American fire kills three people in Mosul; US forces raid Baghdad home of top microbiologist
A shooting in the northern city of Mosul left three people dead and at least 11 wounded Wednesday, a day after at least 10 Iraqis were killed by U.S. troops trying to stop an angry crowd from scaling a wall and storming a government complex.
Several of those wounded in Wednesday's incident accused American troops of firing at them from rooftops, but a Marine sergeant near the scene denied that and said Americans on a rooftop had returned gunfire from another roof, AP reported.
The incident appeared to have taken place at an open market about 300 to 400 yards from the governor-general's office.
Mohammed Rabih Sheet, an administrator at Jumhuriya Hospital, in Mosul said three people had been killed and 11 were wounded, including two children.
Six of the wounded who spoke to a reporter said Americans had shot them.
An eyewitness said he had seen the Americans shooting at people. Five men were hit and taken to a hospital, he said.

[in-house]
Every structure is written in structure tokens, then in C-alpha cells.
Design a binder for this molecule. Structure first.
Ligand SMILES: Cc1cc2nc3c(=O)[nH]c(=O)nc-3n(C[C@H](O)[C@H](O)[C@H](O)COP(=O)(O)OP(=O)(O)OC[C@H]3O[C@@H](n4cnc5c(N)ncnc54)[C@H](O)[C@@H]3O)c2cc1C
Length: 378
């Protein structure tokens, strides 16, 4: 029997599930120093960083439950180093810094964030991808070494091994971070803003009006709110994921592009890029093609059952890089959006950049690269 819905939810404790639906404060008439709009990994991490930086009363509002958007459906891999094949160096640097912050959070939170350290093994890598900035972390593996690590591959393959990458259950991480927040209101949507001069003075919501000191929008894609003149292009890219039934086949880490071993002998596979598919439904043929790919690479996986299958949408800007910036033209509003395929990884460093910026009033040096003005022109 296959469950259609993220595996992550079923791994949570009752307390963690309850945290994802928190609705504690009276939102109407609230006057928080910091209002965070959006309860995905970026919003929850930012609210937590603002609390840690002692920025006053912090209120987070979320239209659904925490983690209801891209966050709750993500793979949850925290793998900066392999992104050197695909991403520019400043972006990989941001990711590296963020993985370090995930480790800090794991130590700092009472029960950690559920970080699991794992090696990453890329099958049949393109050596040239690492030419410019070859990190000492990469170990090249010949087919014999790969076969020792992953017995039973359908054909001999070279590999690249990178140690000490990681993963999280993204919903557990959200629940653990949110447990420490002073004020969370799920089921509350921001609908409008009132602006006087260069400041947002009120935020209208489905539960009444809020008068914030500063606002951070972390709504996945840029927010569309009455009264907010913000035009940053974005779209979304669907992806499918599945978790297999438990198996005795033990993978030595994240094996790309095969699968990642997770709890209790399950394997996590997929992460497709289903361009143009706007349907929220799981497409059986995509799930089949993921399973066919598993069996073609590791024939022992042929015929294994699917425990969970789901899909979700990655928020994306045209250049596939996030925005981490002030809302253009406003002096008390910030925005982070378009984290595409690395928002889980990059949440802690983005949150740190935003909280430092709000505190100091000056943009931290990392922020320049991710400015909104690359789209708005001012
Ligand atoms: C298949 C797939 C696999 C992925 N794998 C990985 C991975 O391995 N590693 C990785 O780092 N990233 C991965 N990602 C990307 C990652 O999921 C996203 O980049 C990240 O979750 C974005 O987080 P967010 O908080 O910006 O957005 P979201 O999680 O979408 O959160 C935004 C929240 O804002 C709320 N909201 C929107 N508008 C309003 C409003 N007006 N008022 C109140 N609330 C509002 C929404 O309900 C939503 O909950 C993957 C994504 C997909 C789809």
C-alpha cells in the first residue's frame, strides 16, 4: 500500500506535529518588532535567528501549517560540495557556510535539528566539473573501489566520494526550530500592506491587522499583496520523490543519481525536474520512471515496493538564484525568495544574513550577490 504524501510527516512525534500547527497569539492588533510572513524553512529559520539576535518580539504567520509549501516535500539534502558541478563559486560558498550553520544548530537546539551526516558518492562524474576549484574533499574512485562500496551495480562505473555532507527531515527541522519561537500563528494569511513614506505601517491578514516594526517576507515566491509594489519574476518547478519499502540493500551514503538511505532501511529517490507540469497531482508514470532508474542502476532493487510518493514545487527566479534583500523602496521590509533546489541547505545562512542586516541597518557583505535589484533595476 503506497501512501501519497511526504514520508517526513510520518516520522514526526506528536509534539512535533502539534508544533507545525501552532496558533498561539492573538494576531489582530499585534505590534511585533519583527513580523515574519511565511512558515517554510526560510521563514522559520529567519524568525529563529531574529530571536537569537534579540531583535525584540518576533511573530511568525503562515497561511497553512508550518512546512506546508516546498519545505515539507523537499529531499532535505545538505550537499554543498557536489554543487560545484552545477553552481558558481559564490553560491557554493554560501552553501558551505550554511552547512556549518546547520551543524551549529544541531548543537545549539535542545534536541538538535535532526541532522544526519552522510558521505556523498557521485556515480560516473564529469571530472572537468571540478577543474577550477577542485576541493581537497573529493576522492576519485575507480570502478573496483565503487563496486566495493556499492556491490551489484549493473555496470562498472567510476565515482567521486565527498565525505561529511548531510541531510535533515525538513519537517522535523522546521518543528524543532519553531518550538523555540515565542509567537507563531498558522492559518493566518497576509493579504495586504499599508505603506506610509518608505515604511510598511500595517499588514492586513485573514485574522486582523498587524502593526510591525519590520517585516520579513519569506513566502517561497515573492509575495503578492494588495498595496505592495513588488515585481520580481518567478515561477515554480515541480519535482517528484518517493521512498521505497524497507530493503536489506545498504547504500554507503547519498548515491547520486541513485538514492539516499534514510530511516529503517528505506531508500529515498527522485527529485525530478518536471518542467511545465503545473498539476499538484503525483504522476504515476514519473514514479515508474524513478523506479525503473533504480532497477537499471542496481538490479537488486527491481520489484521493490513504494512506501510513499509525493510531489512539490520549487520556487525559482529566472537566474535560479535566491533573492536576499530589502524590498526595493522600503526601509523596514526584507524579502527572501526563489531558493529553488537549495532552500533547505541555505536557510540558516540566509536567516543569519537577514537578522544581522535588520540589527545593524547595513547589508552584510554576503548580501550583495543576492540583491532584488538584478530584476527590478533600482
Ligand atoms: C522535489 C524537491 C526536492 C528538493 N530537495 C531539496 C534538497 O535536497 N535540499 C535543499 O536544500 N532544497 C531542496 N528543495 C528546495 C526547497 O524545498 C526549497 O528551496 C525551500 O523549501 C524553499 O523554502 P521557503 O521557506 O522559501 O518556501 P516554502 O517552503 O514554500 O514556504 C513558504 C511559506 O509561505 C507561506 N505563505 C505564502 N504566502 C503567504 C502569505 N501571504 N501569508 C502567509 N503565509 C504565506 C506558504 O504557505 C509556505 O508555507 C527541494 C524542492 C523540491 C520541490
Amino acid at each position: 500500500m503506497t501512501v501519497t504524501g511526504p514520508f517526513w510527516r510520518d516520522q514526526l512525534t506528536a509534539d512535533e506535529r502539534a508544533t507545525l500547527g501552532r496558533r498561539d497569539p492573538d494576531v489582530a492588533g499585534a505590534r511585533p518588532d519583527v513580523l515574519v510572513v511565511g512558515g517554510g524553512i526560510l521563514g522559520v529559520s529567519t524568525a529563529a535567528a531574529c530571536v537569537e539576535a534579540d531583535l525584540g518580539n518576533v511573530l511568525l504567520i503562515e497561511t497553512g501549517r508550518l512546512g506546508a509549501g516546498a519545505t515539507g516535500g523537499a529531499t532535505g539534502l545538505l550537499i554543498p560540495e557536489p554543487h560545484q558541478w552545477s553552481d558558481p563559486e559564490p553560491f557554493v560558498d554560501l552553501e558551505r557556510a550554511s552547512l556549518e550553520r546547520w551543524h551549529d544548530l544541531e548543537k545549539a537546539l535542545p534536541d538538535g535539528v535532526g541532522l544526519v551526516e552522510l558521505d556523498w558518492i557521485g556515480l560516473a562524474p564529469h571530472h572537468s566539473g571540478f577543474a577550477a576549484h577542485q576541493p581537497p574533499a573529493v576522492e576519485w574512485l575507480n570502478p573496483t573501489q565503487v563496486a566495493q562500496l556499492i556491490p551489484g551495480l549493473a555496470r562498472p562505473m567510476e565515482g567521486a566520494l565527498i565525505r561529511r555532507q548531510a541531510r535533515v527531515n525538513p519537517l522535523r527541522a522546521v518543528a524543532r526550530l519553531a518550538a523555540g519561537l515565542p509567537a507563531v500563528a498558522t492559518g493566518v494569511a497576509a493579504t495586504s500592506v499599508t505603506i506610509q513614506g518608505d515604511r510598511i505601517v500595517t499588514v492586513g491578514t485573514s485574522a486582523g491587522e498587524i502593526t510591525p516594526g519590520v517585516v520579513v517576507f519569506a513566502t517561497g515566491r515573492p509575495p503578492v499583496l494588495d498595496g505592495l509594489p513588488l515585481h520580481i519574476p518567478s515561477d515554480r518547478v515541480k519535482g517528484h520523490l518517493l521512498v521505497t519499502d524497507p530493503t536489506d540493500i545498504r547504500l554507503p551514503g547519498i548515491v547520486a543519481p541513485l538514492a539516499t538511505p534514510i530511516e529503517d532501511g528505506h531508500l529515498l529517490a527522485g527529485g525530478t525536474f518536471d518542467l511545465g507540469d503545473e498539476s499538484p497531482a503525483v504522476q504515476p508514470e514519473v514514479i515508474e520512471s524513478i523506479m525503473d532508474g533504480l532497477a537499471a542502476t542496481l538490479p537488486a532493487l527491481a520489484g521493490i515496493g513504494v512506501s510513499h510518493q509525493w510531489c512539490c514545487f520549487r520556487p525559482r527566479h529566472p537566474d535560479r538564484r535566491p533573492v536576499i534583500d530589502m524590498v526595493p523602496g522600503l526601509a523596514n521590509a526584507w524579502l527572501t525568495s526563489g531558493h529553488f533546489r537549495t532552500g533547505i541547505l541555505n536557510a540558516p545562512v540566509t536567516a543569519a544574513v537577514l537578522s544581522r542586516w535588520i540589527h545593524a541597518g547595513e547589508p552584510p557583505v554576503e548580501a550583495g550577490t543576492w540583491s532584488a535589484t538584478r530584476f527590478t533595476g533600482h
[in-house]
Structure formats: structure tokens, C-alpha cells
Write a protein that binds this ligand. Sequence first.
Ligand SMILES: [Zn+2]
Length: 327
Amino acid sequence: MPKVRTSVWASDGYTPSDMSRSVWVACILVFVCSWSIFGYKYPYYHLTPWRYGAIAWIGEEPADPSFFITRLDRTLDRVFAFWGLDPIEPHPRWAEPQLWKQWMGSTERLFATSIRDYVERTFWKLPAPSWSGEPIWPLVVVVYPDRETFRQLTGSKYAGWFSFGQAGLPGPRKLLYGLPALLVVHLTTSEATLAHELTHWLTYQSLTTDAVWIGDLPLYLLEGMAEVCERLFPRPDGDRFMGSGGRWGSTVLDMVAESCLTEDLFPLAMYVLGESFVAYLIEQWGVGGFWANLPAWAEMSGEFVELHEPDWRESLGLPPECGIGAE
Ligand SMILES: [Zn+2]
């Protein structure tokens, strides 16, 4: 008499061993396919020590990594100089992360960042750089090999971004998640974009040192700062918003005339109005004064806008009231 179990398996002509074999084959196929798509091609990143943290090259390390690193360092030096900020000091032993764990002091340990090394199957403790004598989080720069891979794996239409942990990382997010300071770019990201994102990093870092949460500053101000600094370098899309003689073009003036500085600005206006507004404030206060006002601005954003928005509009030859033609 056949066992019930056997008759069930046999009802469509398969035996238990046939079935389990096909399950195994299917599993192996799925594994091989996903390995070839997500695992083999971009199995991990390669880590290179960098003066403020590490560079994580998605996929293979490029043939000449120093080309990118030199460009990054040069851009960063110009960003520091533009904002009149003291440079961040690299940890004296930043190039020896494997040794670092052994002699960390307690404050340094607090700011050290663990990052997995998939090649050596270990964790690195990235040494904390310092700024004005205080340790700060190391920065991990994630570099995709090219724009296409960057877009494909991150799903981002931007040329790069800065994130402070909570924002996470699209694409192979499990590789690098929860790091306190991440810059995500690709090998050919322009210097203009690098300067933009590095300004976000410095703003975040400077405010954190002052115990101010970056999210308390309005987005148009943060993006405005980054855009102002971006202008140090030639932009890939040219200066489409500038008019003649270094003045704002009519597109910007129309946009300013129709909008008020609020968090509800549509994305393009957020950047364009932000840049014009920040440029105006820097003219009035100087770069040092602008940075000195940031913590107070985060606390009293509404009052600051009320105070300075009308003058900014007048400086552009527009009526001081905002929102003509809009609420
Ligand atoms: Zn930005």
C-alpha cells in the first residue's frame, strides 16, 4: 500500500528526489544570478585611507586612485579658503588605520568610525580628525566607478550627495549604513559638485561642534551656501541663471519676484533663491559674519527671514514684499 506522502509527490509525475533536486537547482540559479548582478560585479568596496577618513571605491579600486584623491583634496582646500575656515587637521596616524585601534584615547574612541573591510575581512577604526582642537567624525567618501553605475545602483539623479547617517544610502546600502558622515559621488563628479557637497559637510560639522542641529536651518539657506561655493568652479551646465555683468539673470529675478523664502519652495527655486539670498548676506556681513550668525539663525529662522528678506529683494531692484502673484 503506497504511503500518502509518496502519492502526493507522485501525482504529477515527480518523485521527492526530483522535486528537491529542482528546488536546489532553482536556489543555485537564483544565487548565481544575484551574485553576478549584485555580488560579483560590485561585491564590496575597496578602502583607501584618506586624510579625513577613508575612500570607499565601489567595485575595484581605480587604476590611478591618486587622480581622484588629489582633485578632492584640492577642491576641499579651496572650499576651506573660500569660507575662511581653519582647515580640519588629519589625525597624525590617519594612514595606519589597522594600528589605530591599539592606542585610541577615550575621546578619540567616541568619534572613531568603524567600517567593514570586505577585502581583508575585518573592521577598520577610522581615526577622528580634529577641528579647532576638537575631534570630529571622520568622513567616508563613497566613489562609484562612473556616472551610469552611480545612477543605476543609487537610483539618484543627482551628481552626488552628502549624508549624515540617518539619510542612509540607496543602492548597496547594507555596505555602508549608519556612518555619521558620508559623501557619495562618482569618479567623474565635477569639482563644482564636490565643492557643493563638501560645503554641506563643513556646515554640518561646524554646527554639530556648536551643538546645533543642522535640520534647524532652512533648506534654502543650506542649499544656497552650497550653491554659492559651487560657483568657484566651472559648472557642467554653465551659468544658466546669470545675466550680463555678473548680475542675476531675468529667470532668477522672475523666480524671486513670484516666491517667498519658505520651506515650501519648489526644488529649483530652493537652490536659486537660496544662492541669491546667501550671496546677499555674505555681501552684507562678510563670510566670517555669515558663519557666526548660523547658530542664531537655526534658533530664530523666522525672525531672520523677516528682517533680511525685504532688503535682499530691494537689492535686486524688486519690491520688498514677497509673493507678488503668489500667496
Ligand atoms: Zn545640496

"There were people inside the central bank, which is next door to the governor's office," he said. "They had been looting money for several days. Police were standing outside the bank and fired shots in the air to disperse the looters. The Americans started firing at the people in front of the governor's office," he said, rather than at the looters.
Reports of Tuesday's shooting quoted witnesses as saying American forces shot and killed as many as 10 people and wounded scores when a crowd became unruly during a speech by the city's new governor-general outside his office.
Meanwhile, U.S. special forces Wednesday raided the Baghdad home of a microbiologist nicknamed "Dr. Germ" who ran Iraq's secret biological laboratory.
The special force raid, backed by about 40 Marines with machine guns, was carried out at the home of Rihab Taha, in charge of a laboratory that weaponized anthrax. Troops brought out boxes of documents and three men with their hands up.
Taha is the wife of Gen. Amer Mohammed Rashid, Iraq's former oil minister.
© 2003 Al Bawaba (www.albawaba.com)